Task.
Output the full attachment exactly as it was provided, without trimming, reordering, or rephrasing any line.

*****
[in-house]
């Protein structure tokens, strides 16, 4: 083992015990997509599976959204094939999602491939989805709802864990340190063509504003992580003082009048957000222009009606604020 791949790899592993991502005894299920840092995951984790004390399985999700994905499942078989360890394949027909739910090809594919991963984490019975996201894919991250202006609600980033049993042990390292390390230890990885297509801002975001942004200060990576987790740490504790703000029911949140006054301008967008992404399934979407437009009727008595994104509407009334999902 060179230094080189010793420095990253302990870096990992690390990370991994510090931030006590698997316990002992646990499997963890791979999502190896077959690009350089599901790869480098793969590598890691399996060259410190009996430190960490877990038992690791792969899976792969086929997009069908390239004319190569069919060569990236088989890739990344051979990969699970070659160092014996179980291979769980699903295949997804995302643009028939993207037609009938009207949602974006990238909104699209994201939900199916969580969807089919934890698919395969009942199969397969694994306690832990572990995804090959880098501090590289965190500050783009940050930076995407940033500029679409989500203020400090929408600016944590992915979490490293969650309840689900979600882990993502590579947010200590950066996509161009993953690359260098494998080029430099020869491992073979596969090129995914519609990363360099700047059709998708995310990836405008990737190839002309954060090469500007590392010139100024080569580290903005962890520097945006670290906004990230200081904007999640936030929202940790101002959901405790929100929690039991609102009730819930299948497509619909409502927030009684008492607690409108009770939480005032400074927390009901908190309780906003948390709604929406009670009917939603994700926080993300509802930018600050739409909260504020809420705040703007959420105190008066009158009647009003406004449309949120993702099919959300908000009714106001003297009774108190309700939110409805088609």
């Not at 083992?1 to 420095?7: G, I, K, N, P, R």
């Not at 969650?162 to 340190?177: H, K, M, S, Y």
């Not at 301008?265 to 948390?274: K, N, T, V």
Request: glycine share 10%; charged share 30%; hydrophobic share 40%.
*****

[in-house]
């Protein structure tokens, strides 16, 4: 083992015990997509599976959204094939999602491939989805709802864990340190063509504003992580003082009048957000222009009606604020 791949790899592993991502005894299920840092995951984790004390399985999700994905499942078989360890394949027909739910090809594919991963984490019975996201894919991250202006609600980033049993042990390292390390230890990885297509801002975001942004200060990576987790740490504790703000029911949140006054301008967008992404399934979407437009009727008595994104509407009334999902 060179230094080189010793420095990253302990870096990992690390990370991994510090931030006590698997316990002992646990499997963890791979999502190896077959690009350089599901790869480098793969590598890691399996060259410190009996430190960490877990038992690791792969899976792969086929997009069908390239004319190569069919060569990236088989890739990344051979990969699970070659160092014996179980291979769980699903295949997804995302643009028939993207037609009938009207949602974006990238909104699209994201939900199916969580969807089919934890698919395969009942199969397969694994306690832990572990995804090959880098501090590289965190500050783009940050930076995407940033500029679409989500203020400090929408600016944590992915979490490293969650309840689900979600882990993502590579947010200590950066996509161009993953690359260098494998080029430099020869491992073979596969090129995914519609990363360099700047059709998708995310990836405008990737190839002309954060090469500007590392010139100024080569580290903005962890520097945006670290906004990230200081904007999640936030929202940790101002959901405790929100929690039991609102009730819930299948497509619909409502927030009684008492607690409108009770939480005032400074927390009901908190309780906003948390709604929406009670009917939603994700926080993300509802930018600050739409909260504020809420705040703007959420105190008066009158009647009003406004449309949120993702099919959300908000009714106001003297009774108190309700939110409805088609």
């Not at 083992?1 to 420095?7: G, I, K, N, P, R």
């Not at 969650?162 to 340190?177: H, K, M, S, Y």
């Not at 301008?265 to 948390?274: K, N, T, V």
Request: glycine share 10%; charged share 30%; hydrophobic share 40%.